In late 2015, Truck Hero, a designer, manufacturer, supplier and e-commerce retailer of accessories for pickup trucks, had as much momentum as a runaway Mack. The fast-growing sales of its aftermarket products were tapping into America’s pickup-truck boom. Looking forward, the company had ambitious plans for an initial public offering. The IPO was projected to raise about $240 million, placing the Ann Arbor, Mich.-based company on the New York Stock Exchange.
A recent study of private acquisitions between 2012 and 2015 revealed some interesting trends of acquisitions and mergers of middle-market companies.
The global stock-market swoon sent many would-be corporate acquirers and merger targets scurrying to the sidelines in the first part of 2016, as a combination of losses in valuation and overall volatility cool the M&A market at least for a while.
For business owners thinking about selling their company, the current market reflects a significant rebound in economic confidence from the dismal recession years.
The global mergers-and-acquisitions scene has come back in a healthy way, and some might say that the preliminary agreement between Anheuser-Busch InBev and SABMiller is simply the froth on the top of the M&A beer glass. The question on the tips of many CEOs’ tongues, however, is whether these events represent opportunities that won’t last and that they should take advantage of.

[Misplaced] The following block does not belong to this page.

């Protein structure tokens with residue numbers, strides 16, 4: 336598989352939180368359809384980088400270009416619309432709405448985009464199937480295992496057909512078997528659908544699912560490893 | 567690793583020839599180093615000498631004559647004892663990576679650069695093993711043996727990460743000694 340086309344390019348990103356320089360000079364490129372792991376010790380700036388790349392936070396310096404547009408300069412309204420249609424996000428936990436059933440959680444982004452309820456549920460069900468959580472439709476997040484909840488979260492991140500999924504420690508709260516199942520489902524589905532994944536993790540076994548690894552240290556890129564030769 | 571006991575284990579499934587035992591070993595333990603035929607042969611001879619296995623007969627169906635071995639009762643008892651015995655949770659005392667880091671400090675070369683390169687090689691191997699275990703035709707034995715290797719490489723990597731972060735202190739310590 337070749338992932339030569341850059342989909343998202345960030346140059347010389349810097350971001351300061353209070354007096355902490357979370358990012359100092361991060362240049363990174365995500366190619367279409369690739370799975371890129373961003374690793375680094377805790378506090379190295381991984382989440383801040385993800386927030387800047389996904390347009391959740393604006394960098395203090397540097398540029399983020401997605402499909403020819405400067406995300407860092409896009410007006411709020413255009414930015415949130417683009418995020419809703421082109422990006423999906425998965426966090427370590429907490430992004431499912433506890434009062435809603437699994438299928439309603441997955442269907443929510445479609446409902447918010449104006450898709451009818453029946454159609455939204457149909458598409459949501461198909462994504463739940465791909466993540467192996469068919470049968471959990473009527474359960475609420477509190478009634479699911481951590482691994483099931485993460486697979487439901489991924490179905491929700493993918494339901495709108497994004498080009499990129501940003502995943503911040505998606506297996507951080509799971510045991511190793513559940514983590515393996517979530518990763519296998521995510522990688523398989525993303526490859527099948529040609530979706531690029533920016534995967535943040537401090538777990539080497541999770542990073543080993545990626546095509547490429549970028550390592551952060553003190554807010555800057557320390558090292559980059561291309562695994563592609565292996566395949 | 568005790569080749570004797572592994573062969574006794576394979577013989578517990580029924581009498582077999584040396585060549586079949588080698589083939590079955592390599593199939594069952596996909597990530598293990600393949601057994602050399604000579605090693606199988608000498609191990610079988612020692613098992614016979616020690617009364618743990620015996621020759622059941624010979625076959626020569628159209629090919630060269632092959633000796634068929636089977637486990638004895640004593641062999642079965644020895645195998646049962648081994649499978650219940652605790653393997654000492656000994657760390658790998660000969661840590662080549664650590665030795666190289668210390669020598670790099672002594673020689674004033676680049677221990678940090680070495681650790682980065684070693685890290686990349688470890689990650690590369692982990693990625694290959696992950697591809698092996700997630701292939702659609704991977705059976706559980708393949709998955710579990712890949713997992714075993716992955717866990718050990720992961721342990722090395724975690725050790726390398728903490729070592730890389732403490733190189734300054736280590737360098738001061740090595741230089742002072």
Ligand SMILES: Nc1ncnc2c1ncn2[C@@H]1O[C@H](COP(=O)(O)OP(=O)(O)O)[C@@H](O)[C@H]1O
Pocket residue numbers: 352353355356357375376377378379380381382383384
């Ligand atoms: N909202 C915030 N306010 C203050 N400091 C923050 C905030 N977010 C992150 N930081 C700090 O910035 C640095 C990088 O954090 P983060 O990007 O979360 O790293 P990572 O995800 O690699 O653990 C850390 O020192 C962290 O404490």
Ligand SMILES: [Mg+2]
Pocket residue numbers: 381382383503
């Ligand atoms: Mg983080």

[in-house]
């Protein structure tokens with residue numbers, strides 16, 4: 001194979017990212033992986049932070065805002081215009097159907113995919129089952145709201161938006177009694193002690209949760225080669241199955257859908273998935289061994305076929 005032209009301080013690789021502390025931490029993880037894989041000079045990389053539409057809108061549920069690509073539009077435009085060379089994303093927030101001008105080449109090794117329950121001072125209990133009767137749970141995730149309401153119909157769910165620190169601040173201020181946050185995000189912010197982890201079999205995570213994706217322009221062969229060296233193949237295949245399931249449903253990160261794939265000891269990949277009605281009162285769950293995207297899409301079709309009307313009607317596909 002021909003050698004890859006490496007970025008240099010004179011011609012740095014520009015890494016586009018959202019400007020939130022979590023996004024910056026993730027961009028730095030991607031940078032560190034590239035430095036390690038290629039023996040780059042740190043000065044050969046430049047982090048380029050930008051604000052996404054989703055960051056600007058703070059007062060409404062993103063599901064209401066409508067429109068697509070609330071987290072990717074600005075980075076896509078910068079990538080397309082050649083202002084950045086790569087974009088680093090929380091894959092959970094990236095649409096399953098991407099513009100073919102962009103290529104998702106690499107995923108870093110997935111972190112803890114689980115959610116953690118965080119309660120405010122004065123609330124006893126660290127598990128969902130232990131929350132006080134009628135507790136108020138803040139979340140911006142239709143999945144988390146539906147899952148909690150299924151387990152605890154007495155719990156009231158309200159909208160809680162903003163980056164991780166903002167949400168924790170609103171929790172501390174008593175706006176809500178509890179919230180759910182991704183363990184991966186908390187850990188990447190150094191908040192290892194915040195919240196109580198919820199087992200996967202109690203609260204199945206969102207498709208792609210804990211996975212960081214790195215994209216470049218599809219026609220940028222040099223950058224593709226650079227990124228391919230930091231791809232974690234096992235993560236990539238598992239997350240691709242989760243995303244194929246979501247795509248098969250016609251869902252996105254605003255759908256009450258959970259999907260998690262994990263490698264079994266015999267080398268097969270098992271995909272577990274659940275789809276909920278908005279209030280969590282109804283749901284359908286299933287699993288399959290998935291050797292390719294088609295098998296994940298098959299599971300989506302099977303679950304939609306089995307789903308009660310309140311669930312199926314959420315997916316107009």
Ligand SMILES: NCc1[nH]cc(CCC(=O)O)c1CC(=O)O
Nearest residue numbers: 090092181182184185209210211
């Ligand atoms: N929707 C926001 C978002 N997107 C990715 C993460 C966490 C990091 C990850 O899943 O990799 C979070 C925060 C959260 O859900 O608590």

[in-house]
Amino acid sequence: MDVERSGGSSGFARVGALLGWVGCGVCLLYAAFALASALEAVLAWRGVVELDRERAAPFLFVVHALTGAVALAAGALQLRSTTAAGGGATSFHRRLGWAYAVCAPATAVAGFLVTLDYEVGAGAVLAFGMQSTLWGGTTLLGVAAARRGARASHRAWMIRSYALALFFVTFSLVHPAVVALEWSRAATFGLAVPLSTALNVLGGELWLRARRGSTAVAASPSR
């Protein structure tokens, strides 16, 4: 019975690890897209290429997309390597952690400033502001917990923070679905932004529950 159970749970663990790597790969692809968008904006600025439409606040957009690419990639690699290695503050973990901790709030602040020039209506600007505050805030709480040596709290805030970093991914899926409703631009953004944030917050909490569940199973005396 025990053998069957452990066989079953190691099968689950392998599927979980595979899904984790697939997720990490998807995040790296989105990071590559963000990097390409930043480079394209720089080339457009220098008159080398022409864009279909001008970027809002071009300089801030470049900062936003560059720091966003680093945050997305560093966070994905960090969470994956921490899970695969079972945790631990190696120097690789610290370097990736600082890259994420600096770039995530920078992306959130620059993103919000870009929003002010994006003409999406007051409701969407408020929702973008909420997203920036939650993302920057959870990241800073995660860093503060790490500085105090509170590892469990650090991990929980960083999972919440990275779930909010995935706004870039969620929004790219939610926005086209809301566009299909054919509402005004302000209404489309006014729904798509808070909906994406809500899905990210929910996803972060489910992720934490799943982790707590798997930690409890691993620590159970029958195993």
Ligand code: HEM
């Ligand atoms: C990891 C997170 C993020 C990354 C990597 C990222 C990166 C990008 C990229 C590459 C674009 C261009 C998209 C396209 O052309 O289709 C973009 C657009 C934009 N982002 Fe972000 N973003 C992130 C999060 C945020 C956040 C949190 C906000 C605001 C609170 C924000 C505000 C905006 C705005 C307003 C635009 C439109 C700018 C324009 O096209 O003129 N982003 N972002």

Approaching its IPO anniversary, Citizens Financial is forging an independent future.
CEOs like to think of themselves as rational beings that apply thorough analysis to get optimal outcomes. Of course, this is not always the case. We’re humans, not optimizing machines.
While JP Morgan recently predicted that a strong 2014 would lead into a fresh round of M&A activity in 2015, it also noted last year’s level of failed transactions was the highest since 2008.v
Deal guru Irwin Simon, founder and CEO of Hain Celestial, knows how to make mergers work.
A growing body of research has shown that 50% to 90% of acquisitions fail to pay off for acquirers. This means that traditional integration methods are not working. There are many reasons an acquisition might fail, but two recurring mistakes are the order and the depth at which the integration is tackled.